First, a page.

By Erin Sherbert
By Erin Sherbert
By Leif Haven
By Erin Sherbert
By Chris Roberts
By Kate Conger
By Brian Rinker
By Rachel Swan
Courtesy of IBM Research Division
Atomic corral with probability waves
The ability to move individual atoms is key to building nanomachines, not just nanostructures. The first atom-sized machines are likely to be switches, inside which atomic structures function as conductors and insulators, like today's microchips, but many times smaller and more efficient.
Crommie says his group's work is "pretty far ahead of today's industrial applications." But he expects the not-too-distant future to feature devices in which individual atoms function like toggles in a household light switch. The problem with Crommie's nanotechnology right now is that it all takes place at temperatures a few degrees above absolute zero, where the nearly perpetual movement of atoms is stilled. Whereas Tom Kenny's cantilevers, and Hongjie Dai's nanotubes, work at room temperature, Crommie's even smaller structures jitter themselves into smithereens at normal temperatures. Like many of his colleagues, though, Crommie looks to the living body for inspiration. DNA, proteins, and cells of all sorts already function as self-assembling nanoscale machines in animals and plants, and they function at normal temperatures.
"Brave New Nano-World Lies Ahead:
One atom at a time, scientists are
building a future of the fantastic"
San Francisco Chronicle
July 19, 1999
Official site of Eric Drexler's Palo Alto-based futurist organization
Home page of Paul L. McEuen's research group at the University of California, Berkeley
Home page of Hongjie Dai's Stanford University-based research group
Home page of Charles Marcus' Stanford University-based research group
Charles Marcus, nanotechnologist and professor of physics at Stanford, shows off an artificial atom -- a quantum dot. Peering through the lenses of an optical microscope, it is possible to see little gold wires trailing off into nothingness. "Somewhere down there," muses Marcus, "is our little device."
Marcus is a nanotech enthusiast; as such, he believes that scientists should be dreamers. But it is important not to confuse scientific dreaming with the real thing, he opines. Like all nanoscientists, Marcus is aware that the media's perception of nanotech is largely shaped by the Foresight Institute. Marcus says he has nothing against the Foresight Institute's predictions. But ...
"Eric Drexler's book contains some useful engineering formulas. It's just not useful to my research. And I think it's fair to say that the future of nanostuff will be even wilder than Drexler has imagined," Marcus remarks.
Marcus' quantum dots usually live in the bottom of super-cooled refrigerators where electricity and magnetic fields are applied experimentally to test the dots' properties. A quantum dot can be as big as 500 nanometers, but its "walls" are only a few atoms thick. One of the most amazing things about a quantum dot is its ability to "element-shift." By changing the voltage of the electricity flowing through the dot, the artificial atom can mimic any one of the more than 100 elements appearing in the periodic table, such as hydrogen, magnesium, carbon, or potassium. It can also make elements that never yet existed by simply adding extra electrons to the mix.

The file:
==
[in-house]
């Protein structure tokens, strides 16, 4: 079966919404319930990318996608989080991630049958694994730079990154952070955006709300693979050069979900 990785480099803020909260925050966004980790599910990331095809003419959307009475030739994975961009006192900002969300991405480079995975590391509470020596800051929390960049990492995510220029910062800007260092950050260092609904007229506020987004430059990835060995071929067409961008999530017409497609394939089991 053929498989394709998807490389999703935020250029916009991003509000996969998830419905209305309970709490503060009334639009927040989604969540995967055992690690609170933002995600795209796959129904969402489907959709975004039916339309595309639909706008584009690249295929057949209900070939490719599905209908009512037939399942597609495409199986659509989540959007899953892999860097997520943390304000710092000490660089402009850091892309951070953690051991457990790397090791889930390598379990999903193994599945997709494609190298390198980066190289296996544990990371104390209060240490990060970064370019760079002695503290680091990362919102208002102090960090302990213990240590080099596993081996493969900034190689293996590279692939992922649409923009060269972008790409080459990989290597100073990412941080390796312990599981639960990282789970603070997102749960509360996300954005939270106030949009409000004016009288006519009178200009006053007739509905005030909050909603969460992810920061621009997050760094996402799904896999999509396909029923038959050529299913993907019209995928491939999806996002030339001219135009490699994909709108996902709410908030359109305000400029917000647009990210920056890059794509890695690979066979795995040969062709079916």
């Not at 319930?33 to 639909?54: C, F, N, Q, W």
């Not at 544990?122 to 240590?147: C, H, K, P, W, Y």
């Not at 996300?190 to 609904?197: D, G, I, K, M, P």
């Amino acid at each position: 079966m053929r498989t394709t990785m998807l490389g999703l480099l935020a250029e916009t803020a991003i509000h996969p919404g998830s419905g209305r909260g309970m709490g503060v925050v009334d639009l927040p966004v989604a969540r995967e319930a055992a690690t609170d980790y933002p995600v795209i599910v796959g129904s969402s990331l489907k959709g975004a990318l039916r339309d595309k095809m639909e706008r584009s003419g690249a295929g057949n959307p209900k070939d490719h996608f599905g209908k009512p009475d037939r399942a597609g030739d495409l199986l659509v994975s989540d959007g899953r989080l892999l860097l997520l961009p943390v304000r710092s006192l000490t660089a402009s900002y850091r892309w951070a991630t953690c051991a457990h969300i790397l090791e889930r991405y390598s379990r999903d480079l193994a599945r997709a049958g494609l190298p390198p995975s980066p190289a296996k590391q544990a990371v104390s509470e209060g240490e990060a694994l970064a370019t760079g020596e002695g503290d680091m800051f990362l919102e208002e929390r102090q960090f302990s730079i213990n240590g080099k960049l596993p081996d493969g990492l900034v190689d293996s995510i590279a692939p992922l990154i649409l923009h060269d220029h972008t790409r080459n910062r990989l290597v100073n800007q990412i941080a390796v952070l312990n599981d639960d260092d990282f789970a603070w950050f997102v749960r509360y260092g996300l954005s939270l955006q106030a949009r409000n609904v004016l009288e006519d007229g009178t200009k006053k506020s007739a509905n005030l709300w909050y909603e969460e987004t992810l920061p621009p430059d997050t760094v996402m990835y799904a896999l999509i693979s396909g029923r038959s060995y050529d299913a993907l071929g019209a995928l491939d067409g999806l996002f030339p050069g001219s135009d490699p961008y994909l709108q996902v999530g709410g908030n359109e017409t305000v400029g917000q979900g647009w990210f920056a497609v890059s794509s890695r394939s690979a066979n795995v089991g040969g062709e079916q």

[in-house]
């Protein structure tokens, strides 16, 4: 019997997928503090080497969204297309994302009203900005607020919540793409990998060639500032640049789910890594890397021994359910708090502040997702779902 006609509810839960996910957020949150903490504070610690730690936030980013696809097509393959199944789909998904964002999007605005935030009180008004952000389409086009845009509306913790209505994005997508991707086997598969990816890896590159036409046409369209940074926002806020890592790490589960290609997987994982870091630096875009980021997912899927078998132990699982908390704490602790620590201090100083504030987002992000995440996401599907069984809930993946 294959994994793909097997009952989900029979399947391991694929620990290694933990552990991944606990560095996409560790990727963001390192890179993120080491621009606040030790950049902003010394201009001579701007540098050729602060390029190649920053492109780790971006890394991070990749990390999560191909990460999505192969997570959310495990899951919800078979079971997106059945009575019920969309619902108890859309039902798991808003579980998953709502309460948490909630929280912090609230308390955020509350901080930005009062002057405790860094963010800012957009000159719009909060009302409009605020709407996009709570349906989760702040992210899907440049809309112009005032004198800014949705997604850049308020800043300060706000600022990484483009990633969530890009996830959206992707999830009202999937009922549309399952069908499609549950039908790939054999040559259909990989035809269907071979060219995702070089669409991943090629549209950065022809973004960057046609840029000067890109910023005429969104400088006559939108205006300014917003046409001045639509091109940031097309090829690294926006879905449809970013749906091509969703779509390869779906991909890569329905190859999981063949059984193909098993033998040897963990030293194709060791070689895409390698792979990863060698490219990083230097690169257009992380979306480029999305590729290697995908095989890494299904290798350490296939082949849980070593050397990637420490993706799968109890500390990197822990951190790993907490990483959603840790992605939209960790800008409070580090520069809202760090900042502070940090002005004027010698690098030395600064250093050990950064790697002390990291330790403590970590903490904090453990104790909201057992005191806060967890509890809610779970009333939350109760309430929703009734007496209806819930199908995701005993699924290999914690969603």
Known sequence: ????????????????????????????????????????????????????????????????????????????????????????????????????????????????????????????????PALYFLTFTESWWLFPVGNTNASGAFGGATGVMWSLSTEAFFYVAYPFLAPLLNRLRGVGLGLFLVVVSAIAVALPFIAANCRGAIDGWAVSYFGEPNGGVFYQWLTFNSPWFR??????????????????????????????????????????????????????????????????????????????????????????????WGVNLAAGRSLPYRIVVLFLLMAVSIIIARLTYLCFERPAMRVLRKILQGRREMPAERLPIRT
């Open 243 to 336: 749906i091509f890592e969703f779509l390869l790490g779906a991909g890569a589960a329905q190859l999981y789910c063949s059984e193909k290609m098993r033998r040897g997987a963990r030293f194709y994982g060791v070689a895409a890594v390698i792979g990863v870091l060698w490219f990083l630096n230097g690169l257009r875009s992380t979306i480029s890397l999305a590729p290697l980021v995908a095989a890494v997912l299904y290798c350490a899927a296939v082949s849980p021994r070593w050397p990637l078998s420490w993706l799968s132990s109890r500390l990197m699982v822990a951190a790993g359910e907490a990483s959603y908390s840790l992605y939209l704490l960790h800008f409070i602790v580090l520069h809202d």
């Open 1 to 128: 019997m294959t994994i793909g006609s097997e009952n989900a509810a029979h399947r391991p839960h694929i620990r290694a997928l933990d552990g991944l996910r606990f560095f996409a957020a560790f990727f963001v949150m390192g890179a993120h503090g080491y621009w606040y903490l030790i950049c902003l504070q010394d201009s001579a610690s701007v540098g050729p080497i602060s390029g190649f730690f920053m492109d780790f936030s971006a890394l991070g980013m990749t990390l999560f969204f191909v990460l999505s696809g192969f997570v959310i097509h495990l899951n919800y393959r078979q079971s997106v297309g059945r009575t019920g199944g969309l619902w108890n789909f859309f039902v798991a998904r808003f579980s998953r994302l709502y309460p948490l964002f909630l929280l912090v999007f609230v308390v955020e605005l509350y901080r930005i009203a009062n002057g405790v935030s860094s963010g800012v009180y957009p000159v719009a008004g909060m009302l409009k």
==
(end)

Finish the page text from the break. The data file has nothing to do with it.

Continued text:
The quantum dot's chameleon quality occurs because it "traps" electrons inside its structure. Depending on how many electrons it traps, it roughly assumes the characteristics of an element. It is easy to speculate about the future use of artificial atoms as manufacturing materials, once they are released from their super-low temperature cages. But using quantum dots as switches and components in electrical circuits could also be the basis of a new kind of quantum computing, says Marcus. Such quantum machines, also known as nanocomputers, would make today's most powerful computers look like prehistoric counting sticks.
If the basic paradox of chaos and order can be overcome.
Quantum mechanics' uncertainty principle says that before an atomic particle is measured, it exists in all possible states, all superimposed on one another. An electron, for example, is best described by what physicists term a "probability wave function," a mathematical expression that describes the chance that the electron is traveling at a range of speeds over a range of places. Once you measure its speed or position, quantum reality decoheres, the indefinite wave function "collapses," and either its speed or its position becomes definite. But not both at once.
Marcus says, "Once a measurement has been made, then all of the possible ways that things could have come out vanish, leaving only the way in which things did come out."
Re-enter the quantum dot, which connects the classical and quantum worlds. Inside the dot, electrons can be trapped and controlled for certain amounts of time. The theory of quantum computing shows that if information is stored in the dot's trapped electrons, before the electrons are measured all of the superimposed possibilities form an ultra- complex database.
If quantum computing comes about, less space will hold more information.
Think of it this way: Today's transistors, or microswitches, can be controllably switched to either state 0 or state 1 -- the either/or phenomenon that makes electronic computing possible. The 0s and 1s are coded bits of classical information. Computing capacity depends on how many switches can be built and interconnected.